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Good governance in procurement, Part 2


Atty. Jun de Zuñiga

Atty. Jun de Zuñiga


Procurement is a dynamic and specialized field where despite years of precedents and experience new and challenging issues still arise from time to time. These issues can even ripen into controversies if not rightfully resolved.

The officers in charge of procurement also have to contend with several factors. First, they would have to operate within strict procurement guidelines, which were designed to deter frauds and irregularities but which at times may seem to work against efficiency. Too many restrictions may also lead to a point of absurdity. I recall a foreign procurement expert who narrated that they scuttled a draft model procurement law because its provisions were so rigorous that they would not even be able to procure a pencil with it!

Then, there are always risks of criticisms, complaints and even anti-graft cases from disgruntled parties. Add to these the possible disallowances from overzealous auditors who are ready to pounce upon any slight misstep that may have occurred along the way. These disallowances can be so frightening because they threaten forfeiture of the retirement benefits which one worked so hard for during his or her career.

Yet, procurement is a mandate that has to be performed. An entity cannot operate without premises, equipment, utilities, transport and everything else, down to the last coupon bond and paper clip, which are all provided through procurement. And necessarily, officers and staff have to be designated to perform the job. These people have to survive and overcome the risks attendant to procurement, and good governance can be of good help.

In my previous column (30 August 2018), I stressed the importance of good governance in procurement and I discussed four (4) principles, namely, consistent oversight on both small and big ticket items, efficient price discovery, check and balance in formulating specifications, and transparency in the process. Perhaps I can add a few more principles I derived from actual experience.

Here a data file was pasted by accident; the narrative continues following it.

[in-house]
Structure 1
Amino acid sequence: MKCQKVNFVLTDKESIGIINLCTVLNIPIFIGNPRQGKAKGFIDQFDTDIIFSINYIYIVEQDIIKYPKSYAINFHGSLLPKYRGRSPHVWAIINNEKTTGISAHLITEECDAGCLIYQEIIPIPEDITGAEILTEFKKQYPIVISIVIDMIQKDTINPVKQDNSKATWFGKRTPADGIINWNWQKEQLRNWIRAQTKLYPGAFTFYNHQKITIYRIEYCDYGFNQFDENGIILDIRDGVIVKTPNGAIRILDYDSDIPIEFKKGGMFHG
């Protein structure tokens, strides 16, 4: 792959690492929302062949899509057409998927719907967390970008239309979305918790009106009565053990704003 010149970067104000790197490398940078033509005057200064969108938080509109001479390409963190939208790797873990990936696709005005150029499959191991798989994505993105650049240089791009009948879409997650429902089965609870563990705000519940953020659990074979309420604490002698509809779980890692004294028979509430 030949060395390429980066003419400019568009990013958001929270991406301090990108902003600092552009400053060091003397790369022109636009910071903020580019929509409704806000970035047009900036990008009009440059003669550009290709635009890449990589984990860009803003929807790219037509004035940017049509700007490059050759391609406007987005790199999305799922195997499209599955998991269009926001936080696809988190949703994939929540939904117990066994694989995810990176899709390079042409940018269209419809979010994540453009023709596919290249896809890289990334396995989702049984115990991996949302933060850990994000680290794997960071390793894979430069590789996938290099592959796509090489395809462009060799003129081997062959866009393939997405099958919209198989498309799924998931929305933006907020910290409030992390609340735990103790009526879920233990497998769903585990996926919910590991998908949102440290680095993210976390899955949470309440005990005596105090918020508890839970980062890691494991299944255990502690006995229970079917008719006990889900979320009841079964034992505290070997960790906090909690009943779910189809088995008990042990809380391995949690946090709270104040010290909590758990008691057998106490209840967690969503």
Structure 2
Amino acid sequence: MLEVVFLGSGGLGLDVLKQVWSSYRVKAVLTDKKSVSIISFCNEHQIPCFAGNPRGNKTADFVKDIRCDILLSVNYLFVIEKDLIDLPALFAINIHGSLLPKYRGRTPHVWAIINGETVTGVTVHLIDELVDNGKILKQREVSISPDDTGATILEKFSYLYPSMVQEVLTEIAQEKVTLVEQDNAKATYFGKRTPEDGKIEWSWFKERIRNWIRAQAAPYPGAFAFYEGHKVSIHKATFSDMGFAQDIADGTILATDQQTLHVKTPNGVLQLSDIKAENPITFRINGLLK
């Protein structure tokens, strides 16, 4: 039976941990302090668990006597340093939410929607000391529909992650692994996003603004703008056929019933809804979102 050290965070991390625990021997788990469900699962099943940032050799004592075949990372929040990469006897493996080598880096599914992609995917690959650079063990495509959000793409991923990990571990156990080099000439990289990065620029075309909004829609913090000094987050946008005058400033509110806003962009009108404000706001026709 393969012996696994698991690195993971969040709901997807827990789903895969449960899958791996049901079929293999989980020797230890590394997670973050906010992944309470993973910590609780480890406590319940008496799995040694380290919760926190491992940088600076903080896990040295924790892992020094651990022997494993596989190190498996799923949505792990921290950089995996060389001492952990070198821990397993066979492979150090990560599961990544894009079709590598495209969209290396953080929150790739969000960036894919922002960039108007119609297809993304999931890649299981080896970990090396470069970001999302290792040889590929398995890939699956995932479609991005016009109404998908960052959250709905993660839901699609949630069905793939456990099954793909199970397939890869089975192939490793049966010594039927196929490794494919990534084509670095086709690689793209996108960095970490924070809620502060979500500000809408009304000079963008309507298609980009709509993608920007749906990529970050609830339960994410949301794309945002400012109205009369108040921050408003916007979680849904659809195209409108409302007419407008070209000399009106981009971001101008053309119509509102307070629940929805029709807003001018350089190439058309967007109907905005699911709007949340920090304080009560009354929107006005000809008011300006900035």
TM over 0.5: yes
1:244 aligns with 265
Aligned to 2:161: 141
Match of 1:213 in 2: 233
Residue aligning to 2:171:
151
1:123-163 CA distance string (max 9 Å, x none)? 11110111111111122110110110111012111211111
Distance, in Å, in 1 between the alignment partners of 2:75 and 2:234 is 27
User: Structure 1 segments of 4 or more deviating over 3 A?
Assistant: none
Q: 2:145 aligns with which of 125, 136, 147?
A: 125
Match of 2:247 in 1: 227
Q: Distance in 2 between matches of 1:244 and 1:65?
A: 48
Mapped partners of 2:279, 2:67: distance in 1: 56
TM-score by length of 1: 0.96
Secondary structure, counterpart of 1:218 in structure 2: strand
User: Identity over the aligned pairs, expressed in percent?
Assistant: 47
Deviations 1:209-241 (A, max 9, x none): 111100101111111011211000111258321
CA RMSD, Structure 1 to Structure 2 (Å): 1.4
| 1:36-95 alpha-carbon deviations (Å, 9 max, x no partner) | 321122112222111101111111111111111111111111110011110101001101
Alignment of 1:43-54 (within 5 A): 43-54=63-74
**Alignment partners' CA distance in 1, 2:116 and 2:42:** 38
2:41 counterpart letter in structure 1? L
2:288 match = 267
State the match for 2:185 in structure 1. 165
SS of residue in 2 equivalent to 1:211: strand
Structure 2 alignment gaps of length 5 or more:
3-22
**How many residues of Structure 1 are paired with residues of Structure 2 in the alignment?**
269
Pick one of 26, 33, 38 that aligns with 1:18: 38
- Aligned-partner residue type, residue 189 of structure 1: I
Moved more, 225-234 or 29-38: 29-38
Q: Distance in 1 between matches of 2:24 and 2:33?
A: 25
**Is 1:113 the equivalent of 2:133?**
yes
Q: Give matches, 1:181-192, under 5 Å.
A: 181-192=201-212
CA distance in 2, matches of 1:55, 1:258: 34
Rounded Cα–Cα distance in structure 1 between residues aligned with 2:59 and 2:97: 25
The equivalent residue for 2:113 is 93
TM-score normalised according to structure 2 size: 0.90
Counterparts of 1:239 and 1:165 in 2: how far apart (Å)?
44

I then observed a no-contact policy, meaning, I declined to meet with any bidder, their friends and agents, except during bidding sessions where all the other parties are present and where minutes of the discussions are recorded. I politely declined all invitations because any report on any private meeting with any bidder shall be immediately subject to suspicion. I think such stance had largely contributed to an image of fairness, and of equal opportunity for all bidders.

I also fostered regular team building sessions among my staff. Procurement was always a group effort where we analyzed and studied how each procurement can be successful and yet be compliant with all the requirements. Any item was not left to the realm of a single individual as there were always others who were abreast of the process. In a way also, these are deterrents to corruption.

Lastly, we detached the procurement group from the payment process. Once the award is made, there is no participation from this group anymore. Once the winning bidder effects delivery and the end-user accepts the same, the comptrollership group, which is neither involved in procurement nor acceptance, just credits the bank account of the supplier. The supplier does not even have to follow up the signing and release of its check.

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The above comments are the personal views of the writer. His email address is

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